In January, the Financial Crimes Enforcement Network – part of the Treasury Department – announced to Geographic Targeting Orders (GTOs) to monitor all cash luxury transactions in Manhattan and Miami.
Their goal? To identify possible money laundering operations. And it worked. So much so that they are now launching more GTOs.
The information we have obtained form our initial GTOs suggests that we are on the right track,” said FinCEN Acting Director. FinCEN is expanding the range of its investigation to include all title transactions (including those via business and personal check).
In addition to renewing orders in Miami-Dade County and Manhattan the next round of GTOs will include:
- The remaining Burroughs of New York
- Broward and Palm Beach counties
- Los Angeles County
- San Francisco, San Mateo and Santa Clara
- Sand Diego County
- Bexar County in Texas (which includes San Antonio)
The new order take effect August 28th and will remain in place for 180 days until February 23rd.
The decision to expand the investigation stems from the first wave of data which found that “over a quarter of transactions (covered by the January GTOs) involve a beneficial owner or purchaser representative that is also the subject of a suspicious activity report.”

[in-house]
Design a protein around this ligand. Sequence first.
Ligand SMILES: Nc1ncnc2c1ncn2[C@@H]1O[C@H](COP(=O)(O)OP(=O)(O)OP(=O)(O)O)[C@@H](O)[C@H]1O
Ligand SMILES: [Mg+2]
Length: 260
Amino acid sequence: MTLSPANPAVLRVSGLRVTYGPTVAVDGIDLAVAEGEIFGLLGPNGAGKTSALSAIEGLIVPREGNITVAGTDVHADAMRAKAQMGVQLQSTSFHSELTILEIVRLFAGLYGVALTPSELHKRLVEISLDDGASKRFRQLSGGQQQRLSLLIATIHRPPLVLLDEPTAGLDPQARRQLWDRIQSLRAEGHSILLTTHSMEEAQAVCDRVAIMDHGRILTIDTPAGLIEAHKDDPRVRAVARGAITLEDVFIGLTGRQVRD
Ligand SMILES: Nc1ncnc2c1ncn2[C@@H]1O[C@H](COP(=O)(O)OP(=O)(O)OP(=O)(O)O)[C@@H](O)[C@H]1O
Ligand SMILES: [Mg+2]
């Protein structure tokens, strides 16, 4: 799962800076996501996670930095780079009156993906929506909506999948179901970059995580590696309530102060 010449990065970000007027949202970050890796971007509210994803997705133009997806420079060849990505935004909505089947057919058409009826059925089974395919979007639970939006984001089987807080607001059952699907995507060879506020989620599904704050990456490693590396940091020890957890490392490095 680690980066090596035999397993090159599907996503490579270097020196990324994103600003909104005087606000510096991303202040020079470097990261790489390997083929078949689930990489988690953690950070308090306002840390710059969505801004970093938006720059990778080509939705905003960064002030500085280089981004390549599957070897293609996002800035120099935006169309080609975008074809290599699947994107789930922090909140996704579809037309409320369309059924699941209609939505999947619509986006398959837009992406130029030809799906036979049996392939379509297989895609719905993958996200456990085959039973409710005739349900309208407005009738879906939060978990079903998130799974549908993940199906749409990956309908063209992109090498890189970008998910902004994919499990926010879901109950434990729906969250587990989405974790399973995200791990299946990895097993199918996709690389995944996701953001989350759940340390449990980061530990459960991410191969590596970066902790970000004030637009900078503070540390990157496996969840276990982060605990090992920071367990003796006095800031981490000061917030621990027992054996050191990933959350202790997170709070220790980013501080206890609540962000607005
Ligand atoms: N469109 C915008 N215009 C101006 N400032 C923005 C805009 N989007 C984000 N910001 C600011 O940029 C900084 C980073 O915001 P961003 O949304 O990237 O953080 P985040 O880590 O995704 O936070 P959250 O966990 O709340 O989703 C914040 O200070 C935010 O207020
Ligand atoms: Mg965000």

A few of these suspicious activities include a beneficial owner that engaged in $16 million in suspicious cash withdrawal a beneficial owner possibly involved in dealing with counterfeit checks’ and a beneficial owner connected toa network of shell companies that received about$7 million in suspicious wire transfers from businesses in South Africa.
“The January GTOs help link the previously unconnected suspicious activity to the true purchasers of luxury property in Manhattan and Miami,” a FinCEN official reported. “This corroborates FinCENs concern that transactions covered by the GTOs (i.e. all-cash luxury purchases of residential properties by a legal entity) are highly vulnerable to abuse by money laundering.”
While the GTOs are providing valuable data, they are, by no means, a lasting solution to the issue of money laundering in US real estate. The long game is to leverage the information to navigate future FinCEN regulations.